Jessica Cejnar Andrews / Thursday, Feb. 17 @ 3:09 p.m. / COVID-19
Del Norte Public Health Officer Relaxes Mask Mandate; Local Governments Reconsider In-person Meetings
Though he says the omicron surge hasn’t ended for Del Norte County, Dr. Aaron Stutz has relaxed the masking order that’s been in place since November.
Del Norte’s public health officer released new guidance Wednesday strongly recommending local businesses require their patrons and employees wear face coverings, and to make them available. But masks are no longer required in public settings, according to a Del Norte Public Health Branch news release.
Face coverings are also no longer a requirement for those engaged in youth sports, including officials and staff, and testing is optional, according to the news release.
Stutz’s revised masking guidance comes a day after California relaxed its requirement for indoor face coverings, though officials said they would delay to the end of the month an announcement on when they will stop requiring face coverings in schools.
Stutz’s new guidance on face coverings also comes as the state moves toward a plan for coexisting with the coronavirus. In an email to the Wild Rivers Outpost on Thursday, Stutz said Del Norte County is in the beginning phases of converting to an “endemic phase response” to COVID.
“I don’t know when we’ll fully move into that phase,” he said. “Our surge hasn’t ended yet — and … as with every public health decision, it may be too soon to end the facial coverings mandate. We may see a secondary bump in cases as a result.”
As of its latest update, on Tuesday, Del Norte County had 249 active coronavirus cases and nine people in the hospital with COVID symptoms, according to the county’s information hub. Twenty-nine new cases were reported to the Public Health Branch on Tuesday with six new cases among the county’s incarcerated population.
Currently, Pelican Bay State Prison has 53 active cases among its inmate population, according to the California Department of Corrections and Rehabilitation.
In his revised order Stutz stated that he is rescinding his facial coverings order due to the “lack of morbidity and mortality associated with the omicron surge.”
“These are the decisions we have to make in public health: How many extra deaths is considered an acceptable loss is a philosophical question that every person has to answer for themselves,” he told the Outpost. "Then again, in my experience, not very many people are wearing masks anyway, so it may not be a big enough difference to see in our small population numbers."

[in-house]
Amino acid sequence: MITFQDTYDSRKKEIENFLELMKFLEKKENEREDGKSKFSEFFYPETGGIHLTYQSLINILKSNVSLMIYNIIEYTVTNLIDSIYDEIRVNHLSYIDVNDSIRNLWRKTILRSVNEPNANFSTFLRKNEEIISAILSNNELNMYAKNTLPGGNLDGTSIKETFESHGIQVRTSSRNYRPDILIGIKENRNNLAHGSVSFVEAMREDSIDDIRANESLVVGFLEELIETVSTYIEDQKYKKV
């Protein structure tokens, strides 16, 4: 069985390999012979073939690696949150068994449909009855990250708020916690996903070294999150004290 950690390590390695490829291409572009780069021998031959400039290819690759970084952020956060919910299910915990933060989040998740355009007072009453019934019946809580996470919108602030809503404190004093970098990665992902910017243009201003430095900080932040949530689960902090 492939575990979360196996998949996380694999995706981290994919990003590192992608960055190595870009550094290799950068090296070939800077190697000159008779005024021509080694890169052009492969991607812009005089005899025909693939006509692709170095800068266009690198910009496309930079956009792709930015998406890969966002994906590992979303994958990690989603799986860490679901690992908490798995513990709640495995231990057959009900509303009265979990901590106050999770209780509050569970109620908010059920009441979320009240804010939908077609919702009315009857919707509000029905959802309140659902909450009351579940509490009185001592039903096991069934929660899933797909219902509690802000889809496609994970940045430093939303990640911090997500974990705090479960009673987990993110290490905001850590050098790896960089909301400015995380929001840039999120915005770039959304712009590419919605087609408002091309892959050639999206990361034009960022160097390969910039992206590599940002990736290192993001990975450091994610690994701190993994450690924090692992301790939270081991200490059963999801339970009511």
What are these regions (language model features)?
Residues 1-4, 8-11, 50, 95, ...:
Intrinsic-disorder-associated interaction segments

Local governing agencies are also determining when to resume in-person meetings. At its Feb. 7 meeting, the Crescent City Council agreed to go back to in-person meetings in March.
On Tuesday, the Del Norte Solid Waste Management Authority unanimously voted to continue meeting via teleconferencing, though Crescent City Mayor Jason Greenough argued that the authority was sending the wrong message since “things are winding down.”
“I feel strongly that things are going to be winding down even further,” Greenough told his colleagues. “We’re seeing cases drop nationwide like a rock and it doesn’t seem reasonable ot me to for us to be continuing this.”
Most of the five members on the DNSWMA Board of Directors said they were ready to resume in-person meetings. However, Mike Tompkins, the authority’s public member, said he was conflicted due to people in the house “not feeling up to snuff.”
Tompkin said he’d be fine with wearing a mask and attending a DNSWMA meeting in person.
Tompkin’s colleagues on the DNSWMA Board, Darrin Short and Valerie Starkey, who represent districts 1 and 2 on the Del Norte County Board of Supervisors, said that while they’re ready to resume in-person meetings they would support a colleague who wasn’t ready.
“If one person didn’t want to do it, I was going to support that one person,” Starkey said. “I’m indifferent. I’m fine either way.”
According to Starkey, while the indoor mask mandate will be lifted for most people, those who are unvaccinated will still be required to wear a mask while at the Flynn Center. She said this is a Cal/OSHA requirement
DNSWMA Chairman Blake Inscore said he would prefer to meet in person, but he would also support someone who has their own health concerns. Inscore noted that if things change for Tompkins, the authority board could hold a special meeting to resume in-person meetings.
“I appreciate the attitude the board’s taking toward this,” Tompkins said. “I will have a conversation with people in the house and I will get back to Blake — the chair — with a more definitive answer, and it well could be that my concept of coming to an in-person (meeting) with a mask would be adequate.”